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Shuggie Bain: A Novel af Douglas Stuart
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Shuggie Bain: A Novel (original 2020; udgave 2020)

af Douglas Stuart (Forfatter)

MedlemmerAnmeldelserPopularitetGennemsnitlig vurderingOmtaler
1,2078012,448 (4.29)209
"Shuggie Bain is the unforgettable story of young Hugh "Shuggie" Bain, a sweet and lonely boy who spends his 1980s childhood in public housing in Glasgow, Scotland. Thatcher's war on heavy industry has put husbands and sons out of work, and the city's notorious drugs epidemic is waiting in the wings. Shuggie's mother Agnes walks a wayward path: she is Shuggie's guiding light but a burden for his artistic brother and practical sister. She dreams of a house with its own front door while she flicks through the pages of the Freemans catalogue, ordering a little happiness on credit, anything to brighten up her grey life. Married to a "whoremaster" of a husband, Agnes keeps her pride by looking good-her beehive, make-up, and pearly-white false teeth offer a glamourous image of a Glaswegian Elizabeth Taylor. But under the surface, Agnes finds increasing solace in drink, and she drains away the lion's share of each week's benefits-all the family has to live on-on cans of extra-strong lager hidden in handbags and poured into tea mugs. Agnes's older children find their own ways to get a safe distance from their mother, abandoning Shuggie to look after her as she swings between alcoholic binges and sobriety. He is meanwhile doing all he can to somehow become the normal boy he desperately longs to be, but everyone has realized that Shuggie is "no right," and now Agnes's addiction has the power to eclipse everyone close to her-even and especially her beloved Shuggie. A heartbreaking novel of addiction, sexuality, and love, Shuggie Bain is an epic portrayal of a working-class family that is rarely seen in fiction"--… (mere)
Medlem:cjyap1
Titel:Shuggie Bain: A Novel
Forfattere:Douglas Stuart (Forfatter)
Info:Grove Press (2020), 448 pages
Samlinger:Dit bibliotek
Vurdering:****
Nøgleord:Ingen

Work Information

Shuggie Bain af Douglas Stuart (2020)

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» Se også 209 omtaler

Engelsk (72)  Hollandsk (3)  Svensk (2)  Norsk (1)  Spansk (1)  Alle sprog (79)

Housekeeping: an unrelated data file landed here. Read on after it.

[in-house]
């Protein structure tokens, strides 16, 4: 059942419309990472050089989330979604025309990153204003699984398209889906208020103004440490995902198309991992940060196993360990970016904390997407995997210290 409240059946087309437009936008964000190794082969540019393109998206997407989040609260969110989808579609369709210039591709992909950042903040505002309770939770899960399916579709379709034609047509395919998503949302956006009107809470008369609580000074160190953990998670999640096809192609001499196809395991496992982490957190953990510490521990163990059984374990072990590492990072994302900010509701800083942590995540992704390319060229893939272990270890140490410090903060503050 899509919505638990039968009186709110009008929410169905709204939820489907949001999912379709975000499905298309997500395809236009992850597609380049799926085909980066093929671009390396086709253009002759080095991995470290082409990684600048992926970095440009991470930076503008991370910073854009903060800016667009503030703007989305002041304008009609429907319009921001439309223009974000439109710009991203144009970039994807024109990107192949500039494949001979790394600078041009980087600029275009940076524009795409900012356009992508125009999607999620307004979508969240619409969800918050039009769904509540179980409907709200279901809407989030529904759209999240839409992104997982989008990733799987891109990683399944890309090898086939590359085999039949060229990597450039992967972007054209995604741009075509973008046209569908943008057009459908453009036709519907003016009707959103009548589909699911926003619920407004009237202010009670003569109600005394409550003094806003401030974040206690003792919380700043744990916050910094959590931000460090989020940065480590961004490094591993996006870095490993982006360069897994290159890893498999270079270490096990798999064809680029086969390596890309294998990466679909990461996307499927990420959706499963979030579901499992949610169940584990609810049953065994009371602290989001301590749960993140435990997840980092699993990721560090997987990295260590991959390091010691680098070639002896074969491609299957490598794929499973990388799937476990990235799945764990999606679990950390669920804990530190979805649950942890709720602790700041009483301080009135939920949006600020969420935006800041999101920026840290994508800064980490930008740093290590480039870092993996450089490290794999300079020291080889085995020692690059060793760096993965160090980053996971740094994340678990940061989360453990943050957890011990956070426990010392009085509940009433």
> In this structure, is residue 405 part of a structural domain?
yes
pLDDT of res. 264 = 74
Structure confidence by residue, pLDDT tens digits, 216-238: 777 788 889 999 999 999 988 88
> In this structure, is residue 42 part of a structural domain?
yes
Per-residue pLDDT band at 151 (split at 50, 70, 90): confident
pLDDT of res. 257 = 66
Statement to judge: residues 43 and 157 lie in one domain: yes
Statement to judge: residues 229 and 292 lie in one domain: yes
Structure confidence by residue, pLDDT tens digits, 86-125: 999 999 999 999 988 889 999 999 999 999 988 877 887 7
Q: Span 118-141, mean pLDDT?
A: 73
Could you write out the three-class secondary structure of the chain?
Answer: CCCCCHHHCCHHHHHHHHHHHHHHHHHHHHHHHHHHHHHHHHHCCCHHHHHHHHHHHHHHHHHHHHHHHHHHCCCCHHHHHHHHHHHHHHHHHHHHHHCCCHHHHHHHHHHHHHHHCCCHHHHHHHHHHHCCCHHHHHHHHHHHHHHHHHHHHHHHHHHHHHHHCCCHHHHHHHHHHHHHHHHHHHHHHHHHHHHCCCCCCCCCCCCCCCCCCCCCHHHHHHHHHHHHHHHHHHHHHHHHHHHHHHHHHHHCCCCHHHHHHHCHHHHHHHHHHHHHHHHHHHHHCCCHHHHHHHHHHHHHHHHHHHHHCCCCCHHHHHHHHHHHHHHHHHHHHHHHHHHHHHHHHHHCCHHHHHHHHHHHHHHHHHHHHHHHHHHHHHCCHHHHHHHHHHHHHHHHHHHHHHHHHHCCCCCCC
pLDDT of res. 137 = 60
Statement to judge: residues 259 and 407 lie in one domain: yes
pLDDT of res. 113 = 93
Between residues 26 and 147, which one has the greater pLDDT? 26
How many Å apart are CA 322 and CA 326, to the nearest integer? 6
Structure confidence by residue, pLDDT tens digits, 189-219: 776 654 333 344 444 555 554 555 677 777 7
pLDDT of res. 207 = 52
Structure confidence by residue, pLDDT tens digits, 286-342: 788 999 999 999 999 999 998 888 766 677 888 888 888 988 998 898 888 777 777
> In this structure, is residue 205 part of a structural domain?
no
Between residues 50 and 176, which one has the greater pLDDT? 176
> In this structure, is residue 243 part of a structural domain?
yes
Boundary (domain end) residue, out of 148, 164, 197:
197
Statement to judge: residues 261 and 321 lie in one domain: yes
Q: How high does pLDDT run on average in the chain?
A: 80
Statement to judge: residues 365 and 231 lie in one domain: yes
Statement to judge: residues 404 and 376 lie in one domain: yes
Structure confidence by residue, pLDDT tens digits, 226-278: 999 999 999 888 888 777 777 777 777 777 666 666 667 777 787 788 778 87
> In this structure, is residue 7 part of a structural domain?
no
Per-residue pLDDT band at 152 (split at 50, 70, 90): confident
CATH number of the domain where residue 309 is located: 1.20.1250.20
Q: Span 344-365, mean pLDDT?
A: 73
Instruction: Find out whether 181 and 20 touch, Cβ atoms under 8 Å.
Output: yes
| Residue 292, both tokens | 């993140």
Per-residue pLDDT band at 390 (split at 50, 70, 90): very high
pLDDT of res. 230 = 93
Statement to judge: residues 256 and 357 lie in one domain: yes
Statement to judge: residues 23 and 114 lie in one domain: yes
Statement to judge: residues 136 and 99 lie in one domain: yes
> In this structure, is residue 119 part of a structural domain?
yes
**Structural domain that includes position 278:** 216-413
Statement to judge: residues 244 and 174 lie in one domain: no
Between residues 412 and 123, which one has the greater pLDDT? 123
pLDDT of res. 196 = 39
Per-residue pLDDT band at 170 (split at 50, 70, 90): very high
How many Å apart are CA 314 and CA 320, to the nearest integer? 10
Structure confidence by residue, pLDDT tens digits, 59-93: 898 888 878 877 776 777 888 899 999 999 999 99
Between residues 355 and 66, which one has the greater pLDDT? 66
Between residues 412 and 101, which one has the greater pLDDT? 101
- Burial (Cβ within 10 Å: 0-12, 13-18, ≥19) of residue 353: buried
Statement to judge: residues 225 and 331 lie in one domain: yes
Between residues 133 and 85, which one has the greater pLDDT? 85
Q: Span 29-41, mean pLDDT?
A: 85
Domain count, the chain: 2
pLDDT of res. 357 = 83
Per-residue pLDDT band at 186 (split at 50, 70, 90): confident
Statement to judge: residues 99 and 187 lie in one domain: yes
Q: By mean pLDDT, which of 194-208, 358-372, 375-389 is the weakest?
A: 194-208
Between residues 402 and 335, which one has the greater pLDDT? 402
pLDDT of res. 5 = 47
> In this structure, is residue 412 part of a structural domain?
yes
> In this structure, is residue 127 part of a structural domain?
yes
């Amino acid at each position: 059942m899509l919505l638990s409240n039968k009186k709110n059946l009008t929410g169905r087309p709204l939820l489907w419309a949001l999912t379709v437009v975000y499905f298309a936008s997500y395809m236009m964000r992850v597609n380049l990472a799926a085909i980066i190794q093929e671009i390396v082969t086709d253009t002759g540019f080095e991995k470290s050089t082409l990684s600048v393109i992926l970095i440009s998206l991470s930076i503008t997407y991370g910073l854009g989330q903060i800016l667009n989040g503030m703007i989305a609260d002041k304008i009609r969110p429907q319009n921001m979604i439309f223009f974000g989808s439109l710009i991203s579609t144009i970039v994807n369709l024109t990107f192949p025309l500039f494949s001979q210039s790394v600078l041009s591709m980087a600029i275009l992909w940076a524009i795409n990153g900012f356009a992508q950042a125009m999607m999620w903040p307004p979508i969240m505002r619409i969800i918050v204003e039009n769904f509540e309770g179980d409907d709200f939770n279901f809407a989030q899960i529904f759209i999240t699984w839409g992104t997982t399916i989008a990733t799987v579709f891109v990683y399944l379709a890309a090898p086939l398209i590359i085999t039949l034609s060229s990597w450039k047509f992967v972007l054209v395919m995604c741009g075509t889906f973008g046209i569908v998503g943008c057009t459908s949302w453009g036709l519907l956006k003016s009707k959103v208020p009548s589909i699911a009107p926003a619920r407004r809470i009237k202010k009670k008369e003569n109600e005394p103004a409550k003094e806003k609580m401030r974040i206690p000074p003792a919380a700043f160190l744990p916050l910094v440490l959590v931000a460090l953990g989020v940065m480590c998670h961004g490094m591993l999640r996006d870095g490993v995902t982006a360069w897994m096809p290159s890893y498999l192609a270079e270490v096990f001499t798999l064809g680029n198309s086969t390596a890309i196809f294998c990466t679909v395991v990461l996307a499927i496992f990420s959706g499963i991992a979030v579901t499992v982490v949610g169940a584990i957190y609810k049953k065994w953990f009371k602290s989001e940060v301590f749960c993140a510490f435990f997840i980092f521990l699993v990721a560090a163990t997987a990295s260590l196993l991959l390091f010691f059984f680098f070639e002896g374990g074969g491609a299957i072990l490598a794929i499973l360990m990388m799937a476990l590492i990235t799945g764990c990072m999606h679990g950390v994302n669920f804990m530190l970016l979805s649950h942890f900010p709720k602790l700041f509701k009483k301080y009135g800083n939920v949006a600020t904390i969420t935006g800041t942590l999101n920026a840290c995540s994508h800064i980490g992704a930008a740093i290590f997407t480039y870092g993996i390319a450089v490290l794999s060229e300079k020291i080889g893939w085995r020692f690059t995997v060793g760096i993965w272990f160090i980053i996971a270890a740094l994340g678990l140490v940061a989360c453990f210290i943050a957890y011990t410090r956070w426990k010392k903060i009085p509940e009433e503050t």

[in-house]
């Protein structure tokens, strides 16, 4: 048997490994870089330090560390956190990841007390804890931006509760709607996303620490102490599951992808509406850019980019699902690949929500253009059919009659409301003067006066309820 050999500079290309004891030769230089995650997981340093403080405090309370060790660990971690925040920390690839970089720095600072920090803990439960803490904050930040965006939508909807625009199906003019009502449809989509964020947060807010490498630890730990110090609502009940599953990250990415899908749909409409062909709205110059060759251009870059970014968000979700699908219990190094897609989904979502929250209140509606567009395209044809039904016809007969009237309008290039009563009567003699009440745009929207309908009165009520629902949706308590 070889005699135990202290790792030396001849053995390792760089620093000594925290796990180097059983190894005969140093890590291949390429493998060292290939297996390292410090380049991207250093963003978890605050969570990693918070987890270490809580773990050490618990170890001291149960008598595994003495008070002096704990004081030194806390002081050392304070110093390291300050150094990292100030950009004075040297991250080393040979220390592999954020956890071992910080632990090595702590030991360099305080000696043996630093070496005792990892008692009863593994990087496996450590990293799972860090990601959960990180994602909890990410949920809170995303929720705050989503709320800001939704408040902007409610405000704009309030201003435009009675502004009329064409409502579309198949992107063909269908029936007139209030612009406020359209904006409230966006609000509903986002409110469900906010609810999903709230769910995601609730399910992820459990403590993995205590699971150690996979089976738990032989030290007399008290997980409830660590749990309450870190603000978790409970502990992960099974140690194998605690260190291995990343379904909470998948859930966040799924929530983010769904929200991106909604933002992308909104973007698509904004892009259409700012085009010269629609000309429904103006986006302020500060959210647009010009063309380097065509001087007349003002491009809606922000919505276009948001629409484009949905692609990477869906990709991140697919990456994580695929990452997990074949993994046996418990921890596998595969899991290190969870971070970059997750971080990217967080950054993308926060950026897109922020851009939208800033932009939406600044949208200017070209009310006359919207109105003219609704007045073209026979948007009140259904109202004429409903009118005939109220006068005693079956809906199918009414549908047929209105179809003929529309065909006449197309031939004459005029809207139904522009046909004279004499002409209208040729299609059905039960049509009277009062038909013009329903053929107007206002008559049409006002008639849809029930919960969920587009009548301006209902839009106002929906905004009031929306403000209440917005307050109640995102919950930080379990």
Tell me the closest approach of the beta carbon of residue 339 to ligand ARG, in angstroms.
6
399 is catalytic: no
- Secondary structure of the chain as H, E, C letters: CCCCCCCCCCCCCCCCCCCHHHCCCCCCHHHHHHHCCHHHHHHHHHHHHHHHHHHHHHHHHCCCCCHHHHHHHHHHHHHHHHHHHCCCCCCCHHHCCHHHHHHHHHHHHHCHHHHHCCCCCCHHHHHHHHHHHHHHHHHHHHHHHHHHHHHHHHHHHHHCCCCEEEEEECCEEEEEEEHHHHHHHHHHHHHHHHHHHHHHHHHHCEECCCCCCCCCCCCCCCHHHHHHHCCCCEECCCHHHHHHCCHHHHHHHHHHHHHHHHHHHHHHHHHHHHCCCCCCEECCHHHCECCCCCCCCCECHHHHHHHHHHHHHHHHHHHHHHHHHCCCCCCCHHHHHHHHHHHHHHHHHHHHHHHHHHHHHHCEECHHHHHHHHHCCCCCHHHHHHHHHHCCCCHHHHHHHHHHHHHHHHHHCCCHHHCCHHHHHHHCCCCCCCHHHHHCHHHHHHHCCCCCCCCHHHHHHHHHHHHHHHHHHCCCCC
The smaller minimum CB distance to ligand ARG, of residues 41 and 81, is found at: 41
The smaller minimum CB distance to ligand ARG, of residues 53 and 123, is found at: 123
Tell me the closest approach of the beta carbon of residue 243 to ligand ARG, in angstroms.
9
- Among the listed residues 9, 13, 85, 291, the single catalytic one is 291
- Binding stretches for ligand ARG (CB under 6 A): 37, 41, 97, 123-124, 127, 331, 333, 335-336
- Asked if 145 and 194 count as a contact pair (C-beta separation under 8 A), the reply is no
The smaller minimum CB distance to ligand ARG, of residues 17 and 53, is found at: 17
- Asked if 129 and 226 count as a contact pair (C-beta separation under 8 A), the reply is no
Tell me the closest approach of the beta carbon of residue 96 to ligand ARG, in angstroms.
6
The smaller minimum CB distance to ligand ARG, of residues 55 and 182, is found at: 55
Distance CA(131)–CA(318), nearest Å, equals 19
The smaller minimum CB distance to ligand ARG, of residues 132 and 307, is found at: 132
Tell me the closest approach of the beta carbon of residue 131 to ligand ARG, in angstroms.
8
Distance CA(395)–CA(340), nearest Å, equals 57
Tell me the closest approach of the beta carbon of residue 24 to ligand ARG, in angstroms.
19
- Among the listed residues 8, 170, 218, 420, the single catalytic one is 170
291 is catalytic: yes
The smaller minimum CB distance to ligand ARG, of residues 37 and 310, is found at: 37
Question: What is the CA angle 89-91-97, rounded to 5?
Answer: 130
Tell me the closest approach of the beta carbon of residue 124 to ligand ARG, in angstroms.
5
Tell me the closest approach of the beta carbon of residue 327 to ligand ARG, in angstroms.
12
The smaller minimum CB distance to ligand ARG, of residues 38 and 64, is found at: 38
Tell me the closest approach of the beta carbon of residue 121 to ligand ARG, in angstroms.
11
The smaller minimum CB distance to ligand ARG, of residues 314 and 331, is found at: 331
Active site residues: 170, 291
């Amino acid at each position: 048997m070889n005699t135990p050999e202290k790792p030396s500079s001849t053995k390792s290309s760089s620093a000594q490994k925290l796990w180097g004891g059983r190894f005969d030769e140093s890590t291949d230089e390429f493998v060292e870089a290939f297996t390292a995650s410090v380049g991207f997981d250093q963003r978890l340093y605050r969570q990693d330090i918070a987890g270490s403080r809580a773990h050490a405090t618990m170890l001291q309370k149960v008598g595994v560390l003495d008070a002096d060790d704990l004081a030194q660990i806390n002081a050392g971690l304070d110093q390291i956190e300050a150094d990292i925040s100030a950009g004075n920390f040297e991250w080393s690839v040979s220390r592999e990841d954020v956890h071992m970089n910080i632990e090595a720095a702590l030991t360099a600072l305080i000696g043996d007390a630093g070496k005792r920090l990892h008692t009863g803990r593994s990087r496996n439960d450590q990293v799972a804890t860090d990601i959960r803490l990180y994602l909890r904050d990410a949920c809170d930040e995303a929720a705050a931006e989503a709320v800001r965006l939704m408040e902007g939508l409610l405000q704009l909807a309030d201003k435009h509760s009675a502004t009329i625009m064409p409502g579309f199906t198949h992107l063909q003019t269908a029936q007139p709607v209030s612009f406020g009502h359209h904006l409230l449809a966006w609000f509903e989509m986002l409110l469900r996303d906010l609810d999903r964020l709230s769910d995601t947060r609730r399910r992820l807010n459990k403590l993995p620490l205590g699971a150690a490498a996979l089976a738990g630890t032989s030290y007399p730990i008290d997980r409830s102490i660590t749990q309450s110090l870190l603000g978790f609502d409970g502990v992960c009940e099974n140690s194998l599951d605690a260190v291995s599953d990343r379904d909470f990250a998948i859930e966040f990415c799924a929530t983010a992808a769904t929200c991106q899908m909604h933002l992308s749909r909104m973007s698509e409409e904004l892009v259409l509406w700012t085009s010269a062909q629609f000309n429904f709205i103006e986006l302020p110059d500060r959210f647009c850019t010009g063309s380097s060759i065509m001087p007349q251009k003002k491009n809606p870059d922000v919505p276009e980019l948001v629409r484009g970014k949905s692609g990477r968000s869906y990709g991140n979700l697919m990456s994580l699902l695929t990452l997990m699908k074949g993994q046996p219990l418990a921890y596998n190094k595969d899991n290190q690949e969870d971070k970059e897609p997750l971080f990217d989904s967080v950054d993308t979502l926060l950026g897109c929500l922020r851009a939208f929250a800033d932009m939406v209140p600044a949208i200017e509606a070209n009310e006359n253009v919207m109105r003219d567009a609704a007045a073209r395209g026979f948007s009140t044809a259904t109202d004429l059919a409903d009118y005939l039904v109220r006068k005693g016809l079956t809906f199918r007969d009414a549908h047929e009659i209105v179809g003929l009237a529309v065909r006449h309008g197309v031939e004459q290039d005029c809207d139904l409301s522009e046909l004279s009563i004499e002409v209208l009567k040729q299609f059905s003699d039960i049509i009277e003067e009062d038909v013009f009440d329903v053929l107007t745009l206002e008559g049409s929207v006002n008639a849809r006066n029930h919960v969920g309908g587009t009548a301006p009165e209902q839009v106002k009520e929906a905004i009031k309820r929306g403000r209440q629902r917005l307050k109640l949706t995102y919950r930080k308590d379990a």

Viser 1-5 af 79 (næste | vis alle)
Een werkelijk schitterend boek! Het is een ontzettend liefdevol, verdrietig en tragisch verhaal dat Shuggie vertelt overvIjn jeugd. Glasgow, vlak na het sluiten van de mijnen, werkloosheid en armoede alom.
Shuggie is de jongste van het gezin, moeder Agnes is alcoholiste maar verzorgt zichzelf heel goed, zodat ze er altijd goed en mooi uitziet. Catherine en Leek zijn haar twee oudste kinderen, Shuggie heeft een andere vader en is de jongste en echt ook een stuk jonger. Hij vertelt het verhaal. De armoede gaat al generaties maar door, Catherine trouwt heel jong en emigreert naar Zuid-Afrika, ze wil ook niets meer te maken hebben met haar moeder. Moeder is met alle drie de kinderen en haar nieuwe man, de vader van Shuggie, weer ingetrokken bij haar ouders. Uiteindelijk gaat ze in een verre buitenwijk wonen waar ook allemaal alcoholische gezinne wonen, zonder werk, zonder uitzicht met veel kinderen en veel drankmisbruik.Agnes doet soms een poging om af te kicken. Gaat een jaar lang naar de AA en drinkt dat jaar niet, dat jaar heeft ze een verhouding met een erg lieve man, die ook echt voor haar zorgt, maar hij begrijpt niet hoe alcoholisme werkt en haalt haar over om een glaasje met hem te drinken waarna het weer faliekant fout gaat. Hij (Eugene) blijft dan nog wel heel lang in de buurt, uit schuldgevoel en koopt eten, zodat de jongens in ieder geval niet verhongeren, want dat dreigt wel vaak. Agnes zet Leek op een dag de deur uit en als Shuggie 14 of 15 is, hem ook. De loyaliteit van dat kleine jochie naar zijn moeder is zo prachtig beschreven, de liefde tussen die twee ook.
Dit boek heeft de Booker-prijs 2021 gekregen, terecht! ( )
1 stem vuurziel | Nov 29, 2021 |